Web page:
Hitachi-LG hybrid drive does away with HDD

A second-generation Hitachi-LG hybrid optical drive can eliminate the need for a hard disk drive in laptops.

On Tuesday, Hitachi-LG Data Storage announced a hybrid optical drive that can obviate the need for a traditional hard disk drive in thin laptop designs.

Hitachi-LG Data Storage (HLDS) disclosed a second-generation Serial-ATA (SATA) 6.0-gigabit-per-second (Gbps)-based "hybrid drive" at Ceatec 2010, held this week in Makuhari Messe, Japan. The drive is meant to eliminate the need for a separate traditional (spinning) hard disk drive in laptops, allowing PC makers to bring out optical-drive-equipped systems with only one drive.

Boise, Idaho-based Micron Technology also announced today that it is supplying 25-nanometer NAND flash chips for the drive. The initial capacities for the solid-state drive will range up to 64GB, with higher capacities in the future.

In a hybrid optical disk drive (ODD), a solid-state drive, based on Micron flash chips, is built into the ODD and serves as the primary device for storing the operating system and applications. Solid-state drives are typically faster than hard disk drives when reading data.

Beta versions of the Hitachi-LG Data Storage hybrid optical disk drive boast fast boot times.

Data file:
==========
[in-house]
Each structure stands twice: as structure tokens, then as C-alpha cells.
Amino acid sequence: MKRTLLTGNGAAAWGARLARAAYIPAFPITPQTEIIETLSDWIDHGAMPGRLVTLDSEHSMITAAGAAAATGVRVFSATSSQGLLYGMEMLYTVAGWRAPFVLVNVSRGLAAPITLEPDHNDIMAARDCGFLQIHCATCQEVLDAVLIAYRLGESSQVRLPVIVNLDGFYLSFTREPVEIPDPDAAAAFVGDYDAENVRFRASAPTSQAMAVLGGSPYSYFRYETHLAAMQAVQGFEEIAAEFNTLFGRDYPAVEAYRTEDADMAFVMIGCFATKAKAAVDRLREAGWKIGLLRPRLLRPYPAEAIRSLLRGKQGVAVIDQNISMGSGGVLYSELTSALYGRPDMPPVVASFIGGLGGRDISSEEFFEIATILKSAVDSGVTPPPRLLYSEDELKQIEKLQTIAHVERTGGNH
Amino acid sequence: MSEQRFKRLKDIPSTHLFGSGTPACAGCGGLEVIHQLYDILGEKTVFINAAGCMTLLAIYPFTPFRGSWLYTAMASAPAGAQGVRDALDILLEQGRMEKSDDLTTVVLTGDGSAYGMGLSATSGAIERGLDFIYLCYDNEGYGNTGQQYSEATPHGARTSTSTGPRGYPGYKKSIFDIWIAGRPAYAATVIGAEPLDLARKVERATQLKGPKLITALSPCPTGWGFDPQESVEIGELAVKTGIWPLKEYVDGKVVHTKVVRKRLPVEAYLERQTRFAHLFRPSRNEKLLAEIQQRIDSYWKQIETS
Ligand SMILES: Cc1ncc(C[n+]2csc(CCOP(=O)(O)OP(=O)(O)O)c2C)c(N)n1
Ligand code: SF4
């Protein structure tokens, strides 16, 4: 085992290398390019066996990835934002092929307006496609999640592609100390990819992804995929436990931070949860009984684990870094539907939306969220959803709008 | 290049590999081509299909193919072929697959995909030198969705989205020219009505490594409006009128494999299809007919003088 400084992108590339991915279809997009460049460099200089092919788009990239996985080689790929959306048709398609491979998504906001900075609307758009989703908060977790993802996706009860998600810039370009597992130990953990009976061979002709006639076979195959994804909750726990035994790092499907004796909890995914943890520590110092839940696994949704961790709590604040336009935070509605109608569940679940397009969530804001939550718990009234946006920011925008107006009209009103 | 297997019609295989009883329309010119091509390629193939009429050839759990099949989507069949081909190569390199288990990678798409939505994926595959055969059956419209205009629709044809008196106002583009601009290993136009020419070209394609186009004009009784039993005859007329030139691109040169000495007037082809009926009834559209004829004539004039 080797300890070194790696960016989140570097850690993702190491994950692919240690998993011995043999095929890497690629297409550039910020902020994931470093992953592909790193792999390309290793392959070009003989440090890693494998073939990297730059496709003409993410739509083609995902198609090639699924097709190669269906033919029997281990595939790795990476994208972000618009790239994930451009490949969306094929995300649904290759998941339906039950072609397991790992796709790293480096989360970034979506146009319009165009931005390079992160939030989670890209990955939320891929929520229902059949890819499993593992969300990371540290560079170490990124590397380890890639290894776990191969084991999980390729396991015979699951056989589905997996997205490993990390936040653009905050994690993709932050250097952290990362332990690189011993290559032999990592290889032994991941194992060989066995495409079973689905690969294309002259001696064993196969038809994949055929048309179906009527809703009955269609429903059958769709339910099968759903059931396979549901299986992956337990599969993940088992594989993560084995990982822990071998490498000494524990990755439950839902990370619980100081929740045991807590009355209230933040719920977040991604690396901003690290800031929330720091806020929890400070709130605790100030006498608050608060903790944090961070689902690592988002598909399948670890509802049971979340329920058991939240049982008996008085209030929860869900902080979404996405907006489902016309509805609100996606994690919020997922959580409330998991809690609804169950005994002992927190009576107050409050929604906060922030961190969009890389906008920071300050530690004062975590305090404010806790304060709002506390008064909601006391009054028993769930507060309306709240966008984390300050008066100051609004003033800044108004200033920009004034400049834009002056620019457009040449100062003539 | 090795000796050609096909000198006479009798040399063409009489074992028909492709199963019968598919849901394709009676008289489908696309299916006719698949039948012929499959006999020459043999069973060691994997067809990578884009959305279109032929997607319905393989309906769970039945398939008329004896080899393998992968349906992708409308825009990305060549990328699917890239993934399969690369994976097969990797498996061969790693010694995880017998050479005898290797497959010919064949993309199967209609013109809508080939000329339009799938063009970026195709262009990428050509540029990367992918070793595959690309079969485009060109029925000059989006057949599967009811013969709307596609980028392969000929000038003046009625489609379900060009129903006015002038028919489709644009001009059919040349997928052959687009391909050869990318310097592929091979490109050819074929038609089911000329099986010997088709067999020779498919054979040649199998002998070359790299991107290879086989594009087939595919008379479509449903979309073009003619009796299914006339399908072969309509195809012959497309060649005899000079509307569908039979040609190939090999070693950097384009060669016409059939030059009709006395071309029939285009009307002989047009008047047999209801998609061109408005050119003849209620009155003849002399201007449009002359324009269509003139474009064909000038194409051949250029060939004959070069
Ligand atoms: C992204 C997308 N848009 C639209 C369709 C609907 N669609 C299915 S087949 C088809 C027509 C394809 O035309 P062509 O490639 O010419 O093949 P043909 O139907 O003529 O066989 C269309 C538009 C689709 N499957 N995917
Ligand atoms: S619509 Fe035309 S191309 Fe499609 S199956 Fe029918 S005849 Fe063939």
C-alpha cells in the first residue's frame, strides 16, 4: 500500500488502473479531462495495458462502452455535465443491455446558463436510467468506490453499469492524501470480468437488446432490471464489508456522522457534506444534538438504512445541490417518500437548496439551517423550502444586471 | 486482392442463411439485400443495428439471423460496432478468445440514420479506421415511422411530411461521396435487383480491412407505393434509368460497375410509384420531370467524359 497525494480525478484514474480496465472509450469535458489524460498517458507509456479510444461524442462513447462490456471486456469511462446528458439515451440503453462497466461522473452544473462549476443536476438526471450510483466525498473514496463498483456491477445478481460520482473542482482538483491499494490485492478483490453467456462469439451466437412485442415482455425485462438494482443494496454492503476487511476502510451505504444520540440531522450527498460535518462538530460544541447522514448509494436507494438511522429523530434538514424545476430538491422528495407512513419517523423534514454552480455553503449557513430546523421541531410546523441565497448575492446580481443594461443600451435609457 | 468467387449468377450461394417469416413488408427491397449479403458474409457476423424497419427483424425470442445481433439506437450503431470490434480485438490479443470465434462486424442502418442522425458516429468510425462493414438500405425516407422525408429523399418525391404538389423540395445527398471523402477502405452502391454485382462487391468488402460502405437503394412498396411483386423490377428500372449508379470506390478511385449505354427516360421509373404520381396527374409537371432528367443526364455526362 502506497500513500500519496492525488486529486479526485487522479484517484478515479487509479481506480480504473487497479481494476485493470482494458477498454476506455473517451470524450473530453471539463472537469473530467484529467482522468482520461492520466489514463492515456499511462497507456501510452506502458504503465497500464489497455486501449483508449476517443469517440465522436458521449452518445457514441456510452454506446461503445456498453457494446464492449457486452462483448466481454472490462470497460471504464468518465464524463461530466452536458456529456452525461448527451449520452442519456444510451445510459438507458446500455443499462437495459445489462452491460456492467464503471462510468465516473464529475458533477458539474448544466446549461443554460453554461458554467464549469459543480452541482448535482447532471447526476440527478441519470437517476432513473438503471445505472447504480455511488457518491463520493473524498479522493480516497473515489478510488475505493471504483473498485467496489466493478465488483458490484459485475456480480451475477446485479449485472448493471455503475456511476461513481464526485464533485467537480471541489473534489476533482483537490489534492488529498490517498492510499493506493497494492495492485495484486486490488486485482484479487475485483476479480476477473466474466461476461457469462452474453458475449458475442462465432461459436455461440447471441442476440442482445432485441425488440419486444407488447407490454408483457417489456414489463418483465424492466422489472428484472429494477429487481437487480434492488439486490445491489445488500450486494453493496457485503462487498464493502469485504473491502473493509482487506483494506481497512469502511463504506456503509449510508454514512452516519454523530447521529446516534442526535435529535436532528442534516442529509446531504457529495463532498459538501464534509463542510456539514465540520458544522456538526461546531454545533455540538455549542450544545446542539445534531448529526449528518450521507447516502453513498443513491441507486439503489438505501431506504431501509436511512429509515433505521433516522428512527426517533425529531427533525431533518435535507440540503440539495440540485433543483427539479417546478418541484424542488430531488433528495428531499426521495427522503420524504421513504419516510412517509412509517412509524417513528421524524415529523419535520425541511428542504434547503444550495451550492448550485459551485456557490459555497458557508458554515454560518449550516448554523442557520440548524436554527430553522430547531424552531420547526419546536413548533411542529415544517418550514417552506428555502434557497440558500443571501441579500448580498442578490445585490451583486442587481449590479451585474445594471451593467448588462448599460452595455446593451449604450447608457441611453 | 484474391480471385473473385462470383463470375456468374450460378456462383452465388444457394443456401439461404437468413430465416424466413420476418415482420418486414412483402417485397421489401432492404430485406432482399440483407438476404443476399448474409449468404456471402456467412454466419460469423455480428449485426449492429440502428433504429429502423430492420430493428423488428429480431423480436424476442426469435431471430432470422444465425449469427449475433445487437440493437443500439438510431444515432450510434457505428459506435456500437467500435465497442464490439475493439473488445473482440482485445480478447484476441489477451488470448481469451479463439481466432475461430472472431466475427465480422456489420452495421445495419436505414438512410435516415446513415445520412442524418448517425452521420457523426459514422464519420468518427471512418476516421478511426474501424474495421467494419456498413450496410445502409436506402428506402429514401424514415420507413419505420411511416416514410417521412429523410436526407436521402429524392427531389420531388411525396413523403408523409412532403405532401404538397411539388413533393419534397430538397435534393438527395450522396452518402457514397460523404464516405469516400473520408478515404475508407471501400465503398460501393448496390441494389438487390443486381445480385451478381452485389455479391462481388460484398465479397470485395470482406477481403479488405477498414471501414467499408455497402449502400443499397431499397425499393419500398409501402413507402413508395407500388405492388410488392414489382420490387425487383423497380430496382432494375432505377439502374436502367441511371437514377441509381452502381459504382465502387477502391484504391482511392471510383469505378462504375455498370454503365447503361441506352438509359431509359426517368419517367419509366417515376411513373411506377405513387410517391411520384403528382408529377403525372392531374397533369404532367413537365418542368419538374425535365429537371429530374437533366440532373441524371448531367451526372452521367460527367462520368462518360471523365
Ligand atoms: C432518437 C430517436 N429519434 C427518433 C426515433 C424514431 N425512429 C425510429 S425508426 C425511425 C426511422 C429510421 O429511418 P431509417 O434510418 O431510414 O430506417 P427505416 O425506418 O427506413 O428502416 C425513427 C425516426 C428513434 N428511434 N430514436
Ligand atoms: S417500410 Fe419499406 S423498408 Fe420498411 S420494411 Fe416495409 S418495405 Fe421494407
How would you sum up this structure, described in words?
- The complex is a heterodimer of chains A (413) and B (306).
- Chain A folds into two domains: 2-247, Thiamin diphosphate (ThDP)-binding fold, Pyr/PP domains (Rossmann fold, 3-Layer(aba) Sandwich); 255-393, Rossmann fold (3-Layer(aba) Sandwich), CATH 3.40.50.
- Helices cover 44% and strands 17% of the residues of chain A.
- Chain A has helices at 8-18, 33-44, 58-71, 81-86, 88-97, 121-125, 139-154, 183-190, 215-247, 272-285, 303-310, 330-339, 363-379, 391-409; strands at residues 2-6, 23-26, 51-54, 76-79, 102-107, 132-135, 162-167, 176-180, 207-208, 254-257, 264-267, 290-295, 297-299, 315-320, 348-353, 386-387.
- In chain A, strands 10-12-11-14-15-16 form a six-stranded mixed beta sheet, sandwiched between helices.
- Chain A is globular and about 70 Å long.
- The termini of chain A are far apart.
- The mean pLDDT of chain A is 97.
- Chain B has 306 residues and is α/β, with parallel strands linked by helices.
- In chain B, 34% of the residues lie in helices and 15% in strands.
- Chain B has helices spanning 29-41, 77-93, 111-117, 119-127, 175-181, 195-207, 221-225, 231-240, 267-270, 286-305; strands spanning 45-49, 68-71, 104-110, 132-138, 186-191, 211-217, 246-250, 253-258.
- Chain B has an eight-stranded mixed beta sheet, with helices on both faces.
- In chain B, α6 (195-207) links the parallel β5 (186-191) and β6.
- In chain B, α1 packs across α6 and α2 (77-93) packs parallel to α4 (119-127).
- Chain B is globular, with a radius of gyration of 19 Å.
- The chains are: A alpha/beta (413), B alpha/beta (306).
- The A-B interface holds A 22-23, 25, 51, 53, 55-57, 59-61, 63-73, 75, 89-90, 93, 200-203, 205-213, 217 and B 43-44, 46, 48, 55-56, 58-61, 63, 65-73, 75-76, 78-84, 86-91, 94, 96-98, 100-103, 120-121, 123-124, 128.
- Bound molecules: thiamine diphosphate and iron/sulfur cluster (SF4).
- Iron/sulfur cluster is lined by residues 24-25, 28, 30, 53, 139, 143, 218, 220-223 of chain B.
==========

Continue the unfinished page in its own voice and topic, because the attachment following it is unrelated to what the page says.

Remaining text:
Beta versions of the Hitachi-LG Data Storage hybrid optical disk drive boast fast boot times. Hitachi-LG Data Storage

The HLDS hybrid drive "provides a comprehensive mass storage and removable media solution for PCs, DVD players, and Blu-ray products," Micron said.

In addition to Micron, HLDS has formed partnerships with Advanced Micro Devices--which supplies the chipset--and PC makers such as Shuttle and Averatec.

HLDS did not say when systems using the drives would be available.

About the author

Brooke Crothers writes about mobile computer systems, including laptops, tablets, smartphones: how they define the computing experience and the hardware that makes them tick. He has served as an editor at large at CNET News and a contributing reporter to The New York Times' Bits and Technology sections. His interest in things small began when living in Tokyo in a very small apartment for a very long time.

 

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